What’s Old Is New Again

The past successes seem to be overtaking current trends in a crowded marketplace of ideas. Dusty mascots, throwback products and retro packaging are now used by diverse brands. KFC, Pepsi and General Mills have recently released these types of products and enjoyed significant success.

In May, KFC decided to revitalize a well-known figure associated with its brand, Colonel Sanders. According to PR Week, there has been a major digital engagement increase since the company released TV spots and flooded social media with memes and ads — a 1,289 percent increase to be exact.

KFC’s first attempt at reviving the icon wasn’t as widely accepted as the most recent commercials. Norm MacDonald replaced Darrell Hammond as the Colonel in hopes of attracting a younger audience and gaining more favorable responses.

Pepsi also experimented with its history in its throwback Pepsi products made from real sugar instead of high fructose corn syrup found in most of its products today. The bottles and cans also feature a retro label.


General Mills is another brand that has decided to deck their products in retro packaging. The company partnered with Curb Crowser to create the old-fashioned look of the boxes.

Retro_Cereal-FrontsIn an interview with the General Mill’s blog, Curb Crowser’s Derek Wallen, who was the lead art director on the project, had this to say about why the packaging has been so popular, “When people see retro packaging, it’s sort of like hearing an old song, and they’re reminded of simpler, happier times.”

When you see a throwback product or retro packaging does it make you want to buy the product even more than you normally would? Does it remind you of your childhood or as Wallen says “of simpler, happier times”?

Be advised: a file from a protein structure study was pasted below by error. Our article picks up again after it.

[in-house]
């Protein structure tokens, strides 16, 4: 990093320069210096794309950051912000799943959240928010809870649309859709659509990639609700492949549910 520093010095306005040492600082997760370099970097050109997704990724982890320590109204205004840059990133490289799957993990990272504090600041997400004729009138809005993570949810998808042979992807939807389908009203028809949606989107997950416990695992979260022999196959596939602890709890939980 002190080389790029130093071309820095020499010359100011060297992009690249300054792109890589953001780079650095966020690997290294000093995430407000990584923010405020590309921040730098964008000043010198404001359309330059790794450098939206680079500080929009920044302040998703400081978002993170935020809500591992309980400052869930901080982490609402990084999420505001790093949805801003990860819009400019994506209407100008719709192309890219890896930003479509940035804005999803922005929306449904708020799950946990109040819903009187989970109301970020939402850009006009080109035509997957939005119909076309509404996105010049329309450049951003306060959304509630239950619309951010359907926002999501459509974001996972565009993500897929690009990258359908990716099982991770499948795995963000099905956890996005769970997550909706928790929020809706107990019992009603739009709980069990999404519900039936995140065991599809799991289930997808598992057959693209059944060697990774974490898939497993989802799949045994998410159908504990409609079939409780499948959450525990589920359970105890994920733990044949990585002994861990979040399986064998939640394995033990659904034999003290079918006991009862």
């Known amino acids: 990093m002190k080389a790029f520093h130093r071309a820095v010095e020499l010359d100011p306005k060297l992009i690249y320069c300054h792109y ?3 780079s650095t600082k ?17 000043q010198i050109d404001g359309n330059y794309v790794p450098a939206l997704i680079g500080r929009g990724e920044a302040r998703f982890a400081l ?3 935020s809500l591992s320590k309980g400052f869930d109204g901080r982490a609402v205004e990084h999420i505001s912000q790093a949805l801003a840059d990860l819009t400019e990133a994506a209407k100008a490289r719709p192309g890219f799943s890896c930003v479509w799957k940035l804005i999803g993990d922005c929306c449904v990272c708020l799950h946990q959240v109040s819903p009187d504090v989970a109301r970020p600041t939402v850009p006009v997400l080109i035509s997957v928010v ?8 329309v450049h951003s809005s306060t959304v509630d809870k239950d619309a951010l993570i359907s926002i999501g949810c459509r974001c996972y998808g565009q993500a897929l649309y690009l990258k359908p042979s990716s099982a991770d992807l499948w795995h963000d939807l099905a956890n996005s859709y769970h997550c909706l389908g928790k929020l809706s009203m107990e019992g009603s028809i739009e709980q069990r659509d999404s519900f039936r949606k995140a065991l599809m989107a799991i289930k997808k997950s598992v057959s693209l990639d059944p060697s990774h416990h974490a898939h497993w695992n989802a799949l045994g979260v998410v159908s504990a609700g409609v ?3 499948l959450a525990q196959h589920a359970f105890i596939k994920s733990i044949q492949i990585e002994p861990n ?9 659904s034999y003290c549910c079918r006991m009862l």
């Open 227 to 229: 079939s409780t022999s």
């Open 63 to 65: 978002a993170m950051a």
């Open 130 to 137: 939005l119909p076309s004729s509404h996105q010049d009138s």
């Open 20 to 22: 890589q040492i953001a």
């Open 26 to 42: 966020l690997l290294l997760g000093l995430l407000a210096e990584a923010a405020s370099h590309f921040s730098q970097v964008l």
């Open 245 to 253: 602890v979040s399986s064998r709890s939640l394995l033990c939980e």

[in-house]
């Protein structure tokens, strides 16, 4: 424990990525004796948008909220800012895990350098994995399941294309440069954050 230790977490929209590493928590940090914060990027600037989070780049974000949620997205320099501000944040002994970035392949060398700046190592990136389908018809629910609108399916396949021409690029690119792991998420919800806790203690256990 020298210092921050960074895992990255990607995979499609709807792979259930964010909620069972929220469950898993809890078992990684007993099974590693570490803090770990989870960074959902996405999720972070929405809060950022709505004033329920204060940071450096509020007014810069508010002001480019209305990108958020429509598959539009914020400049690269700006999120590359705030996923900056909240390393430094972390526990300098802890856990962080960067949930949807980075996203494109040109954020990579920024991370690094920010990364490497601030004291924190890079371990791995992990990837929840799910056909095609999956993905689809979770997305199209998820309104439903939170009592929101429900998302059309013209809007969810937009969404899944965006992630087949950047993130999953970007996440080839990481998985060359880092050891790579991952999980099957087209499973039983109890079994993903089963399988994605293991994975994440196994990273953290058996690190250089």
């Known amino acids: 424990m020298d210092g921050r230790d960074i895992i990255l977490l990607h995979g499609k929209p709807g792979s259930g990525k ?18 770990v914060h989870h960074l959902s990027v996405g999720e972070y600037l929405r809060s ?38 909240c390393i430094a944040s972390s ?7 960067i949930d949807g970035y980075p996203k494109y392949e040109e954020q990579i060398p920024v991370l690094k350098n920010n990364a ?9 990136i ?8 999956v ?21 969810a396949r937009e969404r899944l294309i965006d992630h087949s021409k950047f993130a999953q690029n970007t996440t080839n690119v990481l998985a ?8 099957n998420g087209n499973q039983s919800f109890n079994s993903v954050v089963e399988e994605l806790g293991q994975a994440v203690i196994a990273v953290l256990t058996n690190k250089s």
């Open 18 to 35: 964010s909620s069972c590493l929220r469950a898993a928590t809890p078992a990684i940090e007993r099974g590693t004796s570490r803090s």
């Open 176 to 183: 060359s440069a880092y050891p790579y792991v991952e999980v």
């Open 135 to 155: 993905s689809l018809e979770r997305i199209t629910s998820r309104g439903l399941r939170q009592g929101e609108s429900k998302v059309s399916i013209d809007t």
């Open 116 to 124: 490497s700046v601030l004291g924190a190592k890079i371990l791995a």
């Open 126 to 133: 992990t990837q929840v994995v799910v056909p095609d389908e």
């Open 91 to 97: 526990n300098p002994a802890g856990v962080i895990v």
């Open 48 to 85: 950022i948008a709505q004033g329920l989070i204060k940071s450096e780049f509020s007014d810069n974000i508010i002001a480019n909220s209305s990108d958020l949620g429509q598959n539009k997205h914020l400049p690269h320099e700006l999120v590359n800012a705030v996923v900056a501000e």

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3 Responses to What’s Old Is New Again

  1. Siera Whitten says:

    From my consumer perspective, I can definitely relate to picking up on these type of products! I am not drawn to KFC, but other brands that have retro branding such as Kiehls Natural Skincare or Benefit Cosmetics certainly catch my eye when I am shopping. For me, I think it is the easy-going, flowing font of Kiehls or the pastel colors and the “classy girl” imageson the Benefit Cosmetic packaging that is most attractive. From a marketing perspective, I think this is a really good idea because not only are retro graphics fun and playful to attract a younger audience, but they also attract an older audience because seeing the throwback logos/branding IS like “hearing an old song” or a reminder of “simpler, happier times.”

  2. Alex Sorrell says:

    I really questioned KFC’s Colonel ads because they don’t play necessarily on the nostalgia aspect like Pepsi Throwback, but more a comedic one. While they are playing on Sanders’ image, they’re obviously targeting a younger audience that wouldn’t remember the real Sanders, using comedy and snark. Snark seems to be all the rage these days, something that’s great for my job prospects, but I think some brands shouldn’t jump on the snark bandwagon and KFC is one of those brands.

    Despite their efforts to diversify their menu, KFC is a place to pick up family dinner. The PR Week article compared this campaign to Old Spice’s recent rebranding, but the difference is that Old Spice was trying to reach young men and I’m not sure if KFC knows who their target audience is. I don’t see a teenage boy buying a bucket of chicken. While these comedic ads may skew younger and get media coverage, I question whether or not they’ll improve sales or get a younger audience for KFC.

  3. Cassandra Weller says:

    You brought up a great point, I don’t think KFC knows exactly who their target audience is. I think that is why KFC is bringing back the Colonel to possibly appeal to the older audience that remembers those ads and also appeal to a younger audience by bringing Norm to play him. It will be interesting to see what direction the company takes when they are ready to release new ads.

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